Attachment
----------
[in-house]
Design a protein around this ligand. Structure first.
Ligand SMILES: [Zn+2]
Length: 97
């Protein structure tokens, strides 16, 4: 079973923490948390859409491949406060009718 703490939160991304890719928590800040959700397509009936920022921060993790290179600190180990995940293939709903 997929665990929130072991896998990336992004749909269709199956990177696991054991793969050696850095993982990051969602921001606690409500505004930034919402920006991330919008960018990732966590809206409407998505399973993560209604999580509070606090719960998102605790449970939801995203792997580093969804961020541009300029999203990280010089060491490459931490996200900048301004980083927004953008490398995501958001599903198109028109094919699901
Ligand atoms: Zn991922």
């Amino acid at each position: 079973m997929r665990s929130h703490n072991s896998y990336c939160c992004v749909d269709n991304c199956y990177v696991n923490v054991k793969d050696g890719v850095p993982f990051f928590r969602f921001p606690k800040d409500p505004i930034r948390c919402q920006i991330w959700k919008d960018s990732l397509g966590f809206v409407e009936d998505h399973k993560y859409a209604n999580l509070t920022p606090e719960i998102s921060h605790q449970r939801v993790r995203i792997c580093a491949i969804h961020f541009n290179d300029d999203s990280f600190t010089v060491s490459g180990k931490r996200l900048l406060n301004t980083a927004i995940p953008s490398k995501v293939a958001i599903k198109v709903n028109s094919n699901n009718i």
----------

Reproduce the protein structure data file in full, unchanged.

[in-house]
Design a protein around this ligand. Structure first.
Ligand SMILES: [Zn+2]
Length: 97
């Protein structure tokens, strides 16, 4: 079973923490948390859409491949406060009718 703490939160991304890719928590800040959700397509009936920022921060993790290179600190180990995940293939709903 997929665990929130072991896998990336992004749909269709199956990177696991054991793969050696850095993982990051969602921001606690409500505004930034919402920006991330919008960018990732966590809206409407998505399973993560209604999580509070606090719960998102605790449970939801995203792997580093969804961020541009300029999203990280010089060491490459931490996200900048301004980083927004953008490398995501958001599903198109028109094919699901
Ligand atoms: Zn991922």
């Amino acid at each position: 079973m997929r665990s929130h703490n072991s896998y990336c939160c992004v749909d269709n991304c199956y990177v696991n923490v054991k793969d050696g890719v850095p993982f990051f928590r969602f921001p606690k800040d409500p505004i930034r948390c919402q920006i991330w959700k919008d960018s990732l397509g966590f809206v409407e009936d998505h399973k993560y859409a209604n999580l509070t920022p606090e719960i998102s921060h605790q449970r939801v993790r995203i792997c580093a491949i969804h961020f541009n290179d300029d999203s990280f600190t010089v060491s490459g180990k931490r996200l900048l406060n301004t980083a927004i995940p953008s490398k995501v293939a958001i599903k198109v709903n028109s094919n699901n009718i």